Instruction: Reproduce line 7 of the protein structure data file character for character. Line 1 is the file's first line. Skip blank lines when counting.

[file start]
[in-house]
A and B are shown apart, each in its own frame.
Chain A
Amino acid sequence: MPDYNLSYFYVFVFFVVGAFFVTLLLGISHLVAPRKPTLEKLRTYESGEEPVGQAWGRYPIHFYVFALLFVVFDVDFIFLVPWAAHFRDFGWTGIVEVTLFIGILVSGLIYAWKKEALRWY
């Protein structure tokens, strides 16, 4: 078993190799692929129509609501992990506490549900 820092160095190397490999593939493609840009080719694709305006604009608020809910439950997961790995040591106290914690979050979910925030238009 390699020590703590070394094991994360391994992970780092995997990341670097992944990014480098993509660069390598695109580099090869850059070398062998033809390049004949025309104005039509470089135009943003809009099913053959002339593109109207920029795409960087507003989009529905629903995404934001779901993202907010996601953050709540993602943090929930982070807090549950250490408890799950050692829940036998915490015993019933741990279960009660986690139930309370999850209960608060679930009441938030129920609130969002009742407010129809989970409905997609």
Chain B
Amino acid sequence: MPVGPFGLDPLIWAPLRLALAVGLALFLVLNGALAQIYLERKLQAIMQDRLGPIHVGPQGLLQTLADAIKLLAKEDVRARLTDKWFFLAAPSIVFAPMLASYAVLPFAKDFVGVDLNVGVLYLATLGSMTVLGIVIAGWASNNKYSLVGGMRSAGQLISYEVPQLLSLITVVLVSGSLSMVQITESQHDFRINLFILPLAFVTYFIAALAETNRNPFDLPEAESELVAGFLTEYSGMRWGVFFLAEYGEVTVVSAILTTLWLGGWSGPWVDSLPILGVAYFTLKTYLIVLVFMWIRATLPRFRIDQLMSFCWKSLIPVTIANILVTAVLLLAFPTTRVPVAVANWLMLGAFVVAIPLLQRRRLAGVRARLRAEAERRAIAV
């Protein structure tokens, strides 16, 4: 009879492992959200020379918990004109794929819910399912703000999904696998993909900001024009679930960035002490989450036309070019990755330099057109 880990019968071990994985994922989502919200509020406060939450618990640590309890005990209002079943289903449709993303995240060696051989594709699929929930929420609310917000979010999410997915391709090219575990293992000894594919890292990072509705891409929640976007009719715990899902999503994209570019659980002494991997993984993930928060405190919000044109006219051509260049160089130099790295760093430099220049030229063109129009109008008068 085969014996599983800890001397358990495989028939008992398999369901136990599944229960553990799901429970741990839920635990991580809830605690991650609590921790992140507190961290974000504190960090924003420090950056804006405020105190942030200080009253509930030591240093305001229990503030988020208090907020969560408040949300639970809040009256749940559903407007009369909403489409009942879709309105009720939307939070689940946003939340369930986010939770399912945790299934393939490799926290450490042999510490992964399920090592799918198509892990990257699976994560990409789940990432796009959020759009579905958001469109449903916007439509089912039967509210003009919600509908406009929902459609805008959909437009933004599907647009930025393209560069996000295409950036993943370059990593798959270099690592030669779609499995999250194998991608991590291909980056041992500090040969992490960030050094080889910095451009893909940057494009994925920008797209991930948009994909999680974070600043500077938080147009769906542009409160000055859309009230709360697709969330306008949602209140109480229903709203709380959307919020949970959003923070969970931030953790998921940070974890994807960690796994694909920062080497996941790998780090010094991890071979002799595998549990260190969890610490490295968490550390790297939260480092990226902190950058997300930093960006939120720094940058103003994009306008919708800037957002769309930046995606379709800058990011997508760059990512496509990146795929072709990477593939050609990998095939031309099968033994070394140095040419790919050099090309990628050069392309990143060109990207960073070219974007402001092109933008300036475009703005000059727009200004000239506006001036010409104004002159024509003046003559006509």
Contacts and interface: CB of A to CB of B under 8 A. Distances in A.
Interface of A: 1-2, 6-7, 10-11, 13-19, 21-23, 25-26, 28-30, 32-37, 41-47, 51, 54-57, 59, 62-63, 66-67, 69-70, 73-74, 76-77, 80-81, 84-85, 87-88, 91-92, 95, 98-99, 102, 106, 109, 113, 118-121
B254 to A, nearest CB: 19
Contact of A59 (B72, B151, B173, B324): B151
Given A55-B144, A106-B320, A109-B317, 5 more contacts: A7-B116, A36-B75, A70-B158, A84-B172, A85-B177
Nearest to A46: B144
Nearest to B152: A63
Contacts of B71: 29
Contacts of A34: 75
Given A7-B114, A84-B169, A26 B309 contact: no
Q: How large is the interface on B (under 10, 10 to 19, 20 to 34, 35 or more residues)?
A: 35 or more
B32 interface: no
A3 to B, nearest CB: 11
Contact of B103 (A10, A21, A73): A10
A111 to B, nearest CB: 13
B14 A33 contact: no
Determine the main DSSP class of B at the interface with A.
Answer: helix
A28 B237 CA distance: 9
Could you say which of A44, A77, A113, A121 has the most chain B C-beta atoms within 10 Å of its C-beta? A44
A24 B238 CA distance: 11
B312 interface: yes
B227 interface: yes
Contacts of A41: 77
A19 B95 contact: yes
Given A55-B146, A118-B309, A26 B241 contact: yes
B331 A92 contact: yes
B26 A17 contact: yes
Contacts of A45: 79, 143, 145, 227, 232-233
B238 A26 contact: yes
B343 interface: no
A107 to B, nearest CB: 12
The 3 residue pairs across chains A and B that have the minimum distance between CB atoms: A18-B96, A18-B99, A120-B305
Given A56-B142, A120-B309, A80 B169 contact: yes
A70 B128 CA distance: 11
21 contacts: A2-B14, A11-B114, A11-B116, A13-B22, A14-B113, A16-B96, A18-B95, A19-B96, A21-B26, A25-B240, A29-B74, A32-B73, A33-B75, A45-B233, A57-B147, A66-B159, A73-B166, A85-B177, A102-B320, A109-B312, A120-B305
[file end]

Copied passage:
Amino acid sequence: MPVGPFGLDPLIWAPLRLALAVGLALFLVLNGALAQIYLERKLQAIMQDRLGPIHVGPQGLLQTLADAIKLLAKEDVRARLTDKWFFLAAPSIVFAPMLASYAVLPFAKDFVGVDLNVGVLYLATLGSMTVLGIVIAGWASNNKYSLVGGMRSAGQLISYEVPQLLSLITVVLVSGSLSMVQITESQHDFRINLFILPLAFVTYFIAALAETNRNPFDLPEAESELVAGFLTEYSGMRWGVFFLAEYGEVTVVSAILTTLWLGGWSGPWVDSLPILGVAYFTLKTYLIVLVFMWIRATLPRFRIDQLMSFCWKSLIPVTIANILVTAVLLLAFPTTRVPVAVANWLMLGAFVVAIPLLQRRRLAGVRARLRAEAERRAIAV